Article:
In this part, I just reinforce the fact that the string's length is not relevant, only its pitch. Regardless if the string is divided by fretting a note, or elongated say on a bass, the positions of the harmonics will ALWAYS stay the same, that is ¼ of the string length and so on. Shortening the string will of course throw off some of the harmonics in relation to frets, but the relationships between the various harmonics on a string stay the same. So, you need to practice this by dividing a string and try to find all the harmonics on that new shorter string. Use a Capo for example, just so you get the concept well under your belt.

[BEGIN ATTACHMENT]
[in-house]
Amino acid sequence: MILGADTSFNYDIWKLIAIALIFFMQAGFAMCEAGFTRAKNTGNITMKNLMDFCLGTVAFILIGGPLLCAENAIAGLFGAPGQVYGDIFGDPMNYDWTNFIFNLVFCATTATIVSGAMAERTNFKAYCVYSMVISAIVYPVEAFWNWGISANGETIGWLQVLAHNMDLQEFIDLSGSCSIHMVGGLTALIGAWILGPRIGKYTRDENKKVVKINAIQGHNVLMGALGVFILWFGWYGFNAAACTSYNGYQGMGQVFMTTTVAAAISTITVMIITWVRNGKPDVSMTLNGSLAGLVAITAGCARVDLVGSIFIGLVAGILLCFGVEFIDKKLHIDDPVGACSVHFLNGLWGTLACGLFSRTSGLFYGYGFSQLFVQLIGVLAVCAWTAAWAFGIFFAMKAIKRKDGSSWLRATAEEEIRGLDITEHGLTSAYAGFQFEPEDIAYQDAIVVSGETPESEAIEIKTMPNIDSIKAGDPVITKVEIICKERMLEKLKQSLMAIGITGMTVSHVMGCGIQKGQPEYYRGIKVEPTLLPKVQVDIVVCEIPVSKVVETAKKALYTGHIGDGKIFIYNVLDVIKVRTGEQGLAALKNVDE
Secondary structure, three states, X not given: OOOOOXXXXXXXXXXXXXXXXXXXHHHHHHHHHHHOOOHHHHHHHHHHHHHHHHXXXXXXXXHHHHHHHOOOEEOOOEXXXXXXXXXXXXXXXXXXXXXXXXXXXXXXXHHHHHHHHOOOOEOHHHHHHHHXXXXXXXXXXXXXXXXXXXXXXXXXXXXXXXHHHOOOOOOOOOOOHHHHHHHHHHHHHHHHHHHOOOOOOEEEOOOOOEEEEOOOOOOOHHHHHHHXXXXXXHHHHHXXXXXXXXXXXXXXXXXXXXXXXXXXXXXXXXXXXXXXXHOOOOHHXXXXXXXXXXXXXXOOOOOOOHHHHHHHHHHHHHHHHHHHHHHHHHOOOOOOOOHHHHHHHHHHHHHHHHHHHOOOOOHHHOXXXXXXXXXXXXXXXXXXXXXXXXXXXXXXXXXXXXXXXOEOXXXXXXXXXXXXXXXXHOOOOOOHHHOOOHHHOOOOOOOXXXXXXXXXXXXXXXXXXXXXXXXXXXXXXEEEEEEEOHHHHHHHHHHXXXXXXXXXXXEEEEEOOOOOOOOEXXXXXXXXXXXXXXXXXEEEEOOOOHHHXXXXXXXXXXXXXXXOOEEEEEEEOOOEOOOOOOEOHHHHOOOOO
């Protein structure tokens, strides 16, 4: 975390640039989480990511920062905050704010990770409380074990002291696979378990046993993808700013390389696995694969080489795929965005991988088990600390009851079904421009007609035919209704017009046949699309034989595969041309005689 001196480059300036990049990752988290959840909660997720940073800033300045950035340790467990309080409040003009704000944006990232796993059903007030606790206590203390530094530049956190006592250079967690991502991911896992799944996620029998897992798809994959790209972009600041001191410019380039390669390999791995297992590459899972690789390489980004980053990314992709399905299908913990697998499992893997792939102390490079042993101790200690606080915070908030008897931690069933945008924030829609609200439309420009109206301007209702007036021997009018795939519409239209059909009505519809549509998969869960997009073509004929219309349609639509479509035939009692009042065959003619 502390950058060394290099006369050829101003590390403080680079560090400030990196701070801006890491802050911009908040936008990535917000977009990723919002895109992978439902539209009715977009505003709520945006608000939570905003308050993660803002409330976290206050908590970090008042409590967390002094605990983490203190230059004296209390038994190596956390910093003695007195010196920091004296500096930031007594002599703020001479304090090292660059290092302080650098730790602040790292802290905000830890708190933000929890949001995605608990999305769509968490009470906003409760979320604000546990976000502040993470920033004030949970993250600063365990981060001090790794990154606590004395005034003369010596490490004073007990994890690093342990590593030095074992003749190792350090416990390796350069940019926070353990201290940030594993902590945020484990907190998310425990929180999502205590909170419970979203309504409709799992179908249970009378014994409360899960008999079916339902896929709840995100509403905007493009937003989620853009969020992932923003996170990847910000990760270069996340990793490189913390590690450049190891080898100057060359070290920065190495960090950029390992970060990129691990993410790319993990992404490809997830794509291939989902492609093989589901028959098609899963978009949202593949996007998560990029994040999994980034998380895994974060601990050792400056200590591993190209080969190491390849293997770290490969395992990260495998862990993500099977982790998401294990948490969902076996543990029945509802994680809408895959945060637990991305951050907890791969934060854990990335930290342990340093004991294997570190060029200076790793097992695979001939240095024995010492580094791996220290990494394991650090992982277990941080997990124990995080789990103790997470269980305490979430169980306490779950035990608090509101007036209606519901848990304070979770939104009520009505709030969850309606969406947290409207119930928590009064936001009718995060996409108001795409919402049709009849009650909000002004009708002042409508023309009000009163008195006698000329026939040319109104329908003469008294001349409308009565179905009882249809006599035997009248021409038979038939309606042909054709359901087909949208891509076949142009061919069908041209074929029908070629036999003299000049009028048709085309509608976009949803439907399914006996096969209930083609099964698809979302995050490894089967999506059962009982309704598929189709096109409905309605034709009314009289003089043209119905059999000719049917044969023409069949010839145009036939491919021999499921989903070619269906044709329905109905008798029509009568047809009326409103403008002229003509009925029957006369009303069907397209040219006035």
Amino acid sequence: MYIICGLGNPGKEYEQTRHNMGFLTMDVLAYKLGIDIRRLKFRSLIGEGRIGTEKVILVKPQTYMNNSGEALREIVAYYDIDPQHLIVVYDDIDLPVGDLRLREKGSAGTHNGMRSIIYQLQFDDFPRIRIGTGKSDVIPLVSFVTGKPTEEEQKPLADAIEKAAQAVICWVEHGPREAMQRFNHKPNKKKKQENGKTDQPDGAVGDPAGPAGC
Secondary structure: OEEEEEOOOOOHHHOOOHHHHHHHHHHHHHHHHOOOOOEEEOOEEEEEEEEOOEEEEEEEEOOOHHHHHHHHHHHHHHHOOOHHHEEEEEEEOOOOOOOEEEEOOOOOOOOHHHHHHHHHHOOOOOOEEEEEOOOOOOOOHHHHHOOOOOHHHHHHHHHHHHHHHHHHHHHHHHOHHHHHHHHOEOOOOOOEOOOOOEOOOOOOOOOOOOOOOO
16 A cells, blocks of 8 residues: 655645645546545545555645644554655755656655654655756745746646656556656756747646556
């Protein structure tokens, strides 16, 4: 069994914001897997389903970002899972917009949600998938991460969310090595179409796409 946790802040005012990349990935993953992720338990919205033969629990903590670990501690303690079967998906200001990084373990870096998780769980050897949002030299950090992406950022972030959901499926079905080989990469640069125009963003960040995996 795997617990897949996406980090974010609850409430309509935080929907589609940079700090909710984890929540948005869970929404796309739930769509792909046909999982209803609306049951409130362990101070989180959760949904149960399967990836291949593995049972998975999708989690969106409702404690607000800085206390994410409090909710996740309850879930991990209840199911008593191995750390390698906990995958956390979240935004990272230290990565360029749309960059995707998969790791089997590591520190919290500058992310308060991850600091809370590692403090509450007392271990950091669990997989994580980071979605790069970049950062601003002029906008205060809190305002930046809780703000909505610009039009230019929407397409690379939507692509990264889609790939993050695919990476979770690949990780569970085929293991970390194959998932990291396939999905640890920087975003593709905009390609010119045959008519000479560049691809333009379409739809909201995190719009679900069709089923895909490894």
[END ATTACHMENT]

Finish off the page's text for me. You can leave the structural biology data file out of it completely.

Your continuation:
This part concludes the theoretical block of this tutorial. Now it is time to go into practical application involving various ”artificial” harmonics. (note again my dislike for the term Artificial, since there is no difference between any technique to produce a harmonic, they work on exactly the same principles!)